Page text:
Bioprinting is in our future. No longer the stuff of sci-fi dreams, the technology is taking a true hold in today’s world — and even in the dictionary. By bringing 3D printing together with living cells to create viable organic structures, companies like San Diego, California-based Organovo (NYSE: ONVO) are changing the shape of medical technology.
Just this past November, Organovo announced that its 3D printed human liver tissue was commercially available, under the exVive3D name. The tissue, currently intended for use in pre-clinical drug trials, can significantly expedite the drug discovery process in the pharmaceutical industry, potentially bringing life-saving medicines to market that much sooner.
Organovo is at it again, just a few months later, today announcing data on the world’s first 3D bioprinted fully cellular kidney tissue, unveiled at the Experimental Biology conference in Boston.
“The first 3D bioprinted human kidney tissue hopes to help millions of people with kidney disease by providing a new model for medical research and drug testing,” Madeline Hirshan, Account Coordinator at Little Dog Communications, told 3DPrint.com in an email announcing Organovo’s development. “…Known as the silent disease, more than 25 million people in the United States are living with kidney disease, a growing epidemic (for context: 13M people are living with cancer and 29M people have diabetes).”
The kidney tissue represents an important development in bioprinting, as Organovo proves its model for more than one type of human organ. The bioprinted human kidney tissue will also be utilized in pharmaceutical R&D, representing an enhancement on currently available models for testing which are not all that close to the actual human body. Furthermore, while current tissues are able to survive for only a few days in laboratory conditions, Organovo’s kidney tissue can last “at least two weeks.”
With so many people both in the US and the world at large suffering from kidney disease, this development could be big news. Three-dimensional, accurately replicated, fully cellular models will allow for testing of drug toxicity and efficacy and for the modeling of disease behavior in living tissue.
“Our bioprinted human kidney tissue represents a significant technical advance over the simple monolayer cell line cultures that predominate today,” said Organovo’s Chief Technology Officer and Executive Vice President of Research and Development, Dr. Sharon Presnell. “The histologic and functional features of the initial prototypes are compelling, and the in vitro durability of the system will likely enable the assessment of drug effects at chronic, physiologically relevant doses. Furthermore, the cellular complexity of the system will likely support mechanistic investigations into drug responses, including end points that have been difficult or impossible to assess in vitro, including tubular fibrosis and post-injury recovery.”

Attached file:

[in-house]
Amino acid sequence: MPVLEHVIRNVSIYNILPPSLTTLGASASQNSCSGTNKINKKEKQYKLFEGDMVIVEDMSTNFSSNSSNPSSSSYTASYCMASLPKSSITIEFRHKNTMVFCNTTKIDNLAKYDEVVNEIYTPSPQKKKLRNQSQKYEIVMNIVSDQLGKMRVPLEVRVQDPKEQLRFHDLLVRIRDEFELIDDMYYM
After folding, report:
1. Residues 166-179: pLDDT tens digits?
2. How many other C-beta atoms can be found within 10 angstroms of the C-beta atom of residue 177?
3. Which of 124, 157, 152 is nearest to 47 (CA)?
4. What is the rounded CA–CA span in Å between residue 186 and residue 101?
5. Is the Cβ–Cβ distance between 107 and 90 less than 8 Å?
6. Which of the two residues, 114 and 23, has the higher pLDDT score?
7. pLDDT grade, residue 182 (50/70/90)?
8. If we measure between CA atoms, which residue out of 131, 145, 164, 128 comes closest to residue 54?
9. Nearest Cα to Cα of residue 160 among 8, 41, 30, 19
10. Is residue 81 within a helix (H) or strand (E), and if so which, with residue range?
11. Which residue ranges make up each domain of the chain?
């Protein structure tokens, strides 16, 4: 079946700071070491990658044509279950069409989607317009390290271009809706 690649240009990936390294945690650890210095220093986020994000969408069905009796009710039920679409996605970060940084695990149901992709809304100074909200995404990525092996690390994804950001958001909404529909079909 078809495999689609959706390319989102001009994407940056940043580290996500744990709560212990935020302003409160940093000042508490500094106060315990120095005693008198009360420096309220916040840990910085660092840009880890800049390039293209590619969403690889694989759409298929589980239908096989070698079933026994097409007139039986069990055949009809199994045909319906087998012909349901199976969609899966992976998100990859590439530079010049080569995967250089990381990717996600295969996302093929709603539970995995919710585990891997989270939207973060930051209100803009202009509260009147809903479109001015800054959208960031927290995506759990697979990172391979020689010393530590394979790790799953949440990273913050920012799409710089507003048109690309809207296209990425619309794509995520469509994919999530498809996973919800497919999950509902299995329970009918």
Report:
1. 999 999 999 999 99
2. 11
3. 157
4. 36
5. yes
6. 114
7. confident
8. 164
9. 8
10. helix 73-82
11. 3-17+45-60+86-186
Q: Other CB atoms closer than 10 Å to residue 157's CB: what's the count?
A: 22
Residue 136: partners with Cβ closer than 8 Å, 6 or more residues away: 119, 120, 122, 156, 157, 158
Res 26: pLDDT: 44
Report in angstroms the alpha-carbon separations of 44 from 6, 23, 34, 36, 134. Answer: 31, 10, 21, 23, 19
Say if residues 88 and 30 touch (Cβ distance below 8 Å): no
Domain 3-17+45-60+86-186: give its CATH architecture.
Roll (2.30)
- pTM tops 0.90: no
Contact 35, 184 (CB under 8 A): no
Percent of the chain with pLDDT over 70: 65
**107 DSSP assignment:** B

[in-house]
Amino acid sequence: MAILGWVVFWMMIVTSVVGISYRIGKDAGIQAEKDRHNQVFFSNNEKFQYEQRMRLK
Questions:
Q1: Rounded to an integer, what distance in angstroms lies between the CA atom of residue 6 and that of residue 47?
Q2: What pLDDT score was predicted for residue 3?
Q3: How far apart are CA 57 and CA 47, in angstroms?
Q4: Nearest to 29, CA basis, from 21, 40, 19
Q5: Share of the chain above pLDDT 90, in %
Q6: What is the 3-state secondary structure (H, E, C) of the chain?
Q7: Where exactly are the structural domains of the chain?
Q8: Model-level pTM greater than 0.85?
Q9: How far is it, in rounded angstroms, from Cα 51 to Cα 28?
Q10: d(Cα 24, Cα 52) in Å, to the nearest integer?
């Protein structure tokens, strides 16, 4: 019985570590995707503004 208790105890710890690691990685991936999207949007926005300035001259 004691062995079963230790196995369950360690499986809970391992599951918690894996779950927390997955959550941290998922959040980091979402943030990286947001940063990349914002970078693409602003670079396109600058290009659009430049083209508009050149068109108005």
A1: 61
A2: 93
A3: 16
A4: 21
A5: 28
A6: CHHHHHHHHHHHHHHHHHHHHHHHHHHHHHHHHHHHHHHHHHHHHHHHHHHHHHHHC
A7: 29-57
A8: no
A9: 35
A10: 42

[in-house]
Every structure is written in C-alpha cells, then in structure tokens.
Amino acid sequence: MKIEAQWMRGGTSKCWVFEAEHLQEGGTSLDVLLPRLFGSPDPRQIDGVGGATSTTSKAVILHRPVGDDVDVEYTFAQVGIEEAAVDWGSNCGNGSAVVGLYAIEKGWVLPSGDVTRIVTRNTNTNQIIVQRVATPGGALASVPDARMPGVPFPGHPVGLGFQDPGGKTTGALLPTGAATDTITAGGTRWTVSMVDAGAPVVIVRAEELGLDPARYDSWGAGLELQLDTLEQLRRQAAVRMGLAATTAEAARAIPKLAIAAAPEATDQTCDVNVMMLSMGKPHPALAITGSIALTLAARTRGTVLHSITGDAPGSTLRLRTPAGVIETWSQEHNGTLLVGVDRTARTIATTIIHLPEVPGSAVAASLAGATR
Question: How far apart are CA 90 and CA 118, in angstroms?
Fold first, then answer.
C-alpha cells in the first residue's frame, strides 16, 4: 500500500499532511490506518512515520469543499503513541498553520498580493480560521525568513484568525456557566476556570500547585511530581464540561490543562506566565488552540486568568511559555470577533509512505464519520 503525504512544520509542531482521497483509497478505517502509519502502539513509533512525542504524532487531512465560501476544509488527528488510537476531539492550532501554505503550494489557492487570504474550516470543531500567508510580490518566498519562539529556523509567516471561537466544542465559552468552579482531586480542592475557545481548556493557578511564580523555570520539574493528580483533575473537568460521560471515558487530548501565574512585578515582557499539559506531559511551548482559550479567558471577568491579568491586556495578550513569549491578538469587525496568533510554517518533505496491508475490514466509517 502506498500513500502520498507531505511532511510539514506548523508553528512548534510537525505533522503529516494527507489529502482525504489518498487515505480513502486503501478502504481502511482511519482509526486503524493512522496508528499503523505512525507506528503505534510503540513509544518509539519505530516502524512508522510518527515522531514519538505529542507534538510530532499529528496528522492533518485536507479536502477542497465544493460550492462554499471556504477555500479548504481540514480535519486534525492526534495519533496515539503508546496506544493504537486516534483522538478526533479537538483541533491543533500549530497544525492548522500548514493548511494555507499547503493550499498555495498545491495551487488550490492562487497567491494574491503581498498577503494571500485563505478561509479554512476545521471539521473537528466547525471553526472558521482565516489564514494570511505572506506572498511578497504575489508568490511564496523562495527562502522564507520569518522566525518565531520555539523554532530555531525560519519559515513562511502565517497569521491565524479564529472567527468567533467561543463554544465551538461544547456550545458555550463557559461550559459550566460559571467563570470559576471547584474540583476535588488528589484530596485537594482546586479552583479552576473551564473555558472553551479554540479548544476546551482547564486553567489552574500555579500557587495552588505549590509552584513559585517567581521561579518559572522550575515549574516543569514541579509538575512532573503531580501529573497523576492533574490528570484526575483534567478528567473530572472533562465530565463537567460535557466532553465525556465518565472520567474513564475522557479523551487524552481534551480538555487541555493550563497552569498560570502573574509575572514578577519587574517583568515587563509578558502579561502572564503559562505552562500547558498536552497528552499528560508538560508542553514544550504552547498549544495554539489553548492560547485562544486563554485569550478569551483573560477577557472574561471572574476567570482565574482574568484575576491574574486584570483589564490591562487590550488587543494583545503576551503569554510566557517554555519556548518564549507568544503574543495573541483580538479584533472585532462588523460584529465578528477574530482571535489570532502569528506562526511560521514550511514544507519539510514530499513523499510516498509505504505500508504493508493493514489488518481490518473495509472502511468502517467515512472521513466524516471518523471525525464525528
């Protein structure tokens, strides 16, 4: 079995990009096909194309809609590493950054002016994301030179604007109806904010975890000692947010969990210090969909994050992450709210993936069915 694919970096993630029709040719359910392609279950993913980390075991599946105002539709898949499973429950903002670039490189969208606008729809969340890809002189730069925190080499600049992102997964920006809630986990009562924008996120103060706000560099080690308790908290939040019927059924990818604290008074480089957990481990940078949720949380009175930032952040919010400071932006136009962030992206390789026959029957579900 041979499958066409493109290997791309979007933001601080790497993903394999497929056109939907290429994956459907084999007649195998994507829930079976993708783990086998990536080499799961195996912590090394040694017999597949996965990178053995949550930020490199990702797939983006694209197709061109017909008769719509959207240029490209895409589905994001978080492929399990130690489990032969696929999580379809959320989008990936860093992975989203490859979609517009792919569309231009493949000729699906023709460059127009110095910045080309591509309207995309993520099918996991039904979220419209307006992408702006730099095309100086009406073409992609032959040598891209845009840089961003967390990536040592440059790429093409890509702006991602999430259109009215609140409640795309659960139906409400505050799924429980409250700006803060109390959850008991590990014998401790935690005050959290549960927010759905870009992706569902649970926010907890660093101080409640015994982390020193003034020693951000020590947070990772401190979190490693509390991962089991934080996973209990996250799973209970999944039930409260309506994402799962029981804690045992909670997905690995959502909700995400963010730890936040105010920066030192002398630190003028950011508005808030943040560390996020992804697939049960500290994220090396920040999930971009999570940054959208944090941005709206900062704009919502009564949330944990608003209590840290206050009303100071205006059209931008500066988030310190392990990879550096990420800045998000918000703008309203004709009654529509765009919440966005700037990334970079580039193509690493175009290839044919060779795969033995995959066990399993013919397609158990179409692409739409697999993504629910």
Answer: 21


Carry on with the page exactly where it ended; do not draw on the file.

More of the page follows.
The data announced today is still preliminary, but ultimately the kidney tissue will be added to the company’s line of exVive3D tissues, along with the now-available exVive3D Liver. Both tissues are created using NovoGen, Organovo’s proprietary bioprinting platform. Currently, Organovo estimates that the kidney tissue will see its commercial release “in the latter half of calendar year 2016.”
“Kidney represents an ideal extension of Organovo’s capabilities to 3D bioprint organ tissues that can be tremendously useful in pharmaceutical research,” said Organovo’s Chairman and Chief Executive Officer, Keith Murphy. “The results released today admirably demonstrate a proof of concept that kidney is on the way to becoming another core commercial tissue for Organovo. The product that we intend to build from these initial results can be an excellent expansion for our core customers in toxicology, who regularly express to us an interest in having better solutions for the assessment of human kidney toxicity.”
While both tissues in the exVive3D line are or will be intended for drug trials, both represent critical stepping stones as science nears the now seemingly inevitable: bioprinting full human organs that are viable for transplant into live patients.
Let us know what you think about this latest bioprinting announcement in the Organovo Announces 3D Bioprinted Kidney Tissue forum thread over at 3DPB.com.
Subscribe to Our Email Newsletter
Stay up-to-date on all the latest news from the 3D printing industry and receive information and offers from third party vendors.
You May Also Like
3DPOD Episode 151: Large Format Polymer 3D Printing with Max Heres, Loci Robotics
Before starting Loci Robotics, Max Heres had a storied history beginning with the study of polymer physics before working as a graduate research assistant at Oak Ridge National Laboratory and...
3DPOD Episode 150: 3D Printing Qualification with Humna Khan, Founder of ASTRO Mechanical Testing Lab
Hunma Khan founded Astro Mechanical Testing Lab to create a testing and qualification lab specific to Additive Manufacturing. Her customers are most of the notable firms in New Space, defense...
3DPOD Episode 149: 3D Printed Consumer Goods with Ian Yang, Gantri Founder
Ian Yang is the founder of Gantri, a startup which uses desktop 3D printers to make lamps. We love Gantri because it deploys 3D printing for consumer products and is...
Printing Money Episode 3: Troy Jensen, Lake Street Capital, Discusses Public 3D Printing Stocks
Special guest Troy Jensen, Senior Research Analyst with Lake Street Capital Markets, joins Alex and Danny for a closer look at some of the biggest publicly listed 3d printing companies....
Upload your 3D Models and get them printed quickly and efficiently.